* A conservative estimate by Richard Garfield.

Posted by: Michael Herdegen at August 19, 2005 4:51 AM

This thread reminds me of a cartoon. lonbud is like a cheeky kid stirring up a hornets' nest of grumpy old conservatives and...

Keep it up, lonbud, you're battling splendidly and with no small charm (and, for once, I genuinely mean it).

Posted by: Brit at August 19, 2005 5:04 AM

Brit:

I'm not sure that lonbud will appreciate the analogy, since by his own reckoning, it leaves him hanging from a tree by his underwear.

Posted by: Michael Herdegen at August 19, 2005 5:14 AM

lonbud:

I'm interested in how you hang on the the words "innocent Iraqi civilians" and what you wish to imply by them. Surely you aren't just saying they aren't guilty of anything bad, with which we can agree. Are you using innocent as a synonym for unsophisticated and trying to suggest they are peasants who care little for democracy 'n stuff and so that whether they are killed by Saddam or collateral damage in a war of liberation (isn't it cool how we on the right have learned to love that phrase?)is one and the same? You really should provide us with some authority for that proposition. As I assume you wouldn't argue WW11 was an outrage against innocent German civilians, is that what separates the whites from the non-whites in your view?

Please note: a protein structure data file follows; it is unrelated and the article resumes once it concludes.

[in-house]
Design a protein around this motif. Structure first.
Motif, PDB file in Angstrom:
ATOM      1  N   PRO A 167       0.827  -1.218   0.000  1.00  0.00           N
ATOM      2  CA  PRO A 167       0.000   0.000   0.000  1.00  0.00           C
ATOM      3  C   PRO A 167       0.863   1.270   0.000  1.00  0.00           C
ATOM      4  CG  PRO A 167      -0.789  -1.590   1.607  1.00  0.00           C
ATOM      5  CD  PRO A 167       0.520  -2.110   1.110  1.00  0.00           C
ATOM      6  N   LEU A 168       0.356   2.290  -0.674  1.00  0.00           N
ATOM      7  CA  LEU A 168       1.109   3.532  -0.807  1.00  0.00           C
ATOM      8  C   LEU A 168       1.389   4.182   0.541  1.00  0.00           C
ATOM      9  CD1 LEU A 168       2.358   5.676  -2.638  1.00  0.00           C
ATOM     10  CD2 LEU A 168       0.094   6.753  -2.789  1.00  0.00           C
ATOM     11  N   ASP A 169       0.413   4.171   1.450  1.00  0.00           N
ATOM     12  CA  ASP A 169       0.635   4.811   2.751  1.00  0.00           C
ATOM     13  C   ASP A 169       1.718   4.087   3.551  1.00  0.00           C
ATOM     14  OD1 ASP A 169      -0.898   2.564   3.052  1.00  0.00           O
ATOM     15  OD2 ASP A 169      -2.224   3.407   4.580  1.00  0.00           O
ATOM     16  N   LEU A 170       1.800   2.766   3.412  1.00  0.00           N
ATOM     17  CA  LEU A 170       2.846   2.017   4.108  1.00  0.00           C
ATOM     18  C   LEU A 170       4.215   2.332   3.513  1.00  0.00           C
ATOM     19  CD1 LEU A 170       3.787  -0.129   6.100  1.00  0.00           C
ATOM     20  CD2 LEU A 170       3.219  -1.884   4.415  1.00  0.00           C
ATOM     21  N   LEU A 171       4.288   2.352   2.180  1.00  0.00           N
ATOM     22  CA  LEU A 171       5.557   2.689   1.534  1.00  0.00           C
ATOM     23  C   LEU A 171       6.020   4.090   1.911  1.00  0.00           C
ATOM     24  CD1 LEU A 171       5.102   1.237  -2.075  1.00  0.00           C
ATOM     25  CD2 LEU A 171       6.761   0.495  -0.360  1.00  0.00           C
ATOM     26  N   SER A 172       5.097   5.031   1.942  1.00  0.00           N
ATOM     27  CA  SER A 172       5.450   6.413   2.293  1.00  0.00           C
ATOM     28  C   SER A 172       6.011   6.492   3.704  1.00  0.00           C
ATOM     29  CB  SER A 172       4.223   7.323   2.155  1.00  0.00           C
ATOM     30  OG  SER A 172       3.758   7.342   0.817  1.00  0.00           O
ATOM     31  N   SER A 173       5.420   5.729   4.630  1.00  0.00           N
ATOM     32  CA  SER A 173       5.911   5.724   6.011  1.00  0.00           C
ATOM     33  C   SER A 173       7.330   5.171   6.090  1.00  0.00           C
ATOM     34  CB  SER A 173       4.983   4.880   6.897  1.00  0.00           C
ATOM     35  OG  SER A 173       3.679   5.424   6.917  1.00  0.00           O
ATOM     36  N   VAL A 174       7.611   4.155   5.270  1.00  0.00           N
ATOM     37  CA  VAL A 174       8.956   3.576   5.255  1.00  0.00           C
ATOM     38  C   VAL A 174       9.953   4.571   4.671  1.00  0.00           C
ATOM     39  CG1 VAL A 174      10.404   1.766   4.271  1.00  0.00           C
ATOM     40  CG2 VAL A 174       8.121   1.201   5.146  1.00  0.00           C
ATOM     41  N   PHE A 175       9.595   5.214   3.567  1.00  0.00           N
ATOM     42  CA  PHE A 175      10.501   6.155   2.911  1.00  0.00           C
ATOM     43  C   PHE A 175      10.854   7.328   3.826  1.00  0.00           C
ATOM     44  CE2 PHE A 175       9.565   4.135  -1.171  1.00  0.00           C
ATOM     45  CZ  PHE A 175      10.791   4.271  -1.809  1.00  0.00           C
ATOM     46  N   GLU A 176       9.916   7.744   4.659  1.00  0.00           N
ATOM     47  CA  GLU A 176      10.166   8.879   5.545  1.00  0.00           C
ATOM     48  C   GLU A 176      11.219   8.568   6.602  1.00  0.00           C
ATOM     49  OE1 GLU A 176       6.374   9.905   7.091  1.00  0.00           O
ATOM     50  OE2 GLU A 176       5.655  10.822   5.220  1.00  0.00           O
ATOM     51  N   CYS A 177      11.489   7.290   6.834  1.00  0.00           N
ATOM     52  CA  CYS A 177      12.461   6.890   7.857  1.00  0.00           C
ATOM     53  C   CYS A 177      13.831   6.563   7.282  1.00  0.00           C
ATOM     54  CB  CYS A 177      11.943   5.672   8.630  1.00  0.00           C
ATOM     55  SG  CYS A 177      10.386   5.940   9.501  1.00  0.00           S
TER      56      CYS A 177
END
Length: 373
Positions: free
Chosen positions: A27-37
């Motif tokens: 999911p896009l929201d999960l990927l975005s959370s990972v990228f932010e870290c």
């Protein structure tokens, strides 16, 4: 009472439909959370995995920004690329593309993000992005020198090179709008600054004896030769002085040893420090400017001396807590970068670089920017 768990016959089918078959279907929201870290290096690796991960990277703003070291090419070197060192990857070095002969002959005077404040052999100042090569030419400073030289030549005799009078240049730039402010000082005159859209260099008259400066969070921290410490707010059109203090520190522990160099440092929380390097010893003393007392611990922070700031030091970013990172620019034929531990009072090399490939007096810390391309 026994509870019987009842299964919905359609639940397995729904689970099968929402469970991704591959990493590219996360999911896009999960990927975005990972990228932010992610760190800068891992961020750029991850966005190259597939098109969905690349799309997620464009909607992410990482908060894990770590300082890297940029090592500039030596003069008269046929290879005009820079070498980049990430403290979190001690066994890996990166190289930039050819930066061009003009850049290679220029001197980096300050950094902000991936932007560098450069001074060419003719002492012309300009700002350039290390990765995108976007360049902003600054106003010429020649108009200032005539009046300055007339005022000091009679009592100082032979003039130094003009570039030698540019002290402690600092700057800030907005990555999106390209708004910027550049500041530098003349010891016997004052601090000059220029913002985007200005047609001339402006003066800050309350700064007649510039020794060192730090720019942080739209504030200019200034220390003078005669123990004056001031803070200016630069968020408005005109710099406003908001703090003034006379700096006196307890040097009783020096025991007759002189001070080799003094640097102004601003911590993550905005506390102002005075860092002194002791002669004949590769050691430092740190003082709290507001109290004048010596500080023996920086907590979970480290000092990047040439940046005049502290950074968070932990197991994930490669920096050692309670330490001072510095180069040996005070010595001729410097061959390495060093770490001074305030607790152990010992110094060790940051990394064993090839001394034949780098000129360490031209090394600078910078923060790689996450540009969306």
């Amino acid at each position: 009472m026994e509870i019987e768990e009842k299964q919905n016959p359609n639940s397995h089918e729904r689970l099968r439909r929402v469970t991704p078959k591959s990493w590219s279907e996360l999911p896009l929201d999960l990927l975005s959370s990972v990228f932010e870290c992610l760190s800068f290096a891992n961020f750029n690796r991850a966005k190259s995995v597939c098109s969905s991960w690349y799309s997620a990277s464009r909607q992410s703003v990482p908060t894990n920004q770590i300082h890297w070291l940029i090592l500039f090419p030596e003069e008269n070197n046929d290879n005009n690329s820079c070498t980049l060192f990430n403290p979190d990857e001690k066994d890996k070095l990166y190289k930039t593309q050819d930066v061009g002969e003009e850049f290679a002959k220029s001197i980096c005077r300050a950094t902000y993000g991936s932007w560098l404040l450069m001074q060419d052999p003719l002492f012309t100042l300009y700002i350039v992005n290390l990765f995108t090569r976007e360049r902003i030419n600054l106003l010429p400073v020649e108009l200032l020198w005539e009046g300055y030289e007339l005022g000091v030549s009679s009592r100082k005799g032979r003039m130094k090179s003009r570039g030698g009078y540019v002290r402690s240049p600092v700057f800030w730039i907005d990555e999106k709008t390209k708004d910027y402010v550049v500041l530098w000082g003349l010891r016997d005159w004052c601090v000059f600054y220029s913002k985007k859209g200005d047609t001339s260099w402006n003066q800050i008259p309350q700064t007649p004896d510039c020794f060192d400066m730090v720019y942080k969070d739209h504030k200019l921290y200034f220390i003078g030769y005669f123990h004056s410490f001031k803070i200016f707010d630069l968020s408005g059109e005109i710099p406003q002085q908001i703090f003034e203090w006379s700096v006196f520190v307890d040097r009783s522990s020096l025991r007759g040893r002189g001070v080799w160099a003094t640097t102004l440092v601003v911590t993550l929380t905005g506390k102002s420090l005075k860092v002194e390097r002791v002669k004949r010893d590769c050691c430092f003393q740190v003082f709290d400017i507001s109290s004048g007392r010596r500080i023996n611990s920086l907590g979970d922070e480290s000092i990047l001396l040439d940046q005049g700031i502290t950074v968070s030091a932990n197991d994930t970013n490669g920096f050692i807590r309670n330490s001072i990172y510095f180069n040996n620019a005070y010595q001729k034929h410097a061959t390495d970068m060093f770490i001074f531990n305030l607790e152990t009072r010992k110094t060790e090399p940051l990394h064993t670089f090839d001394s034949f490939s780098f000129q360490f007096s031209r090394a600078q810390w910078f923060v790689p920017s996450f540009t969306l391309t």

Michael:

and if every Middle Eastern and Northern African Arab were whisked away by aliens and replaced by black Africans, nothing would change about the world, as long as they kept the oil flowing.

Taken any midnight walking tours of Lagos recently? Talked to any abandoned women with AIDS in Mozambique?

David:

Yeah, yeah. I remember guys like you from school. "Why can't you keep your desk clean like David Cohen?" "Why can't you print neatly like David Cohen?" "Why can't you be consistently sensible and reasonable like David Cohen?" It's enough to make one consider terrorism as a career choice.


Posted by: Peter B at August 19, 2005 6:07 AM

Now now, Peter. Let's not be trivial.

Posted by: Brit at August 19, 2005 6:26 AM

lb:

Changed for the better and far fewer than the sanctions were killing, not to mention Saddam.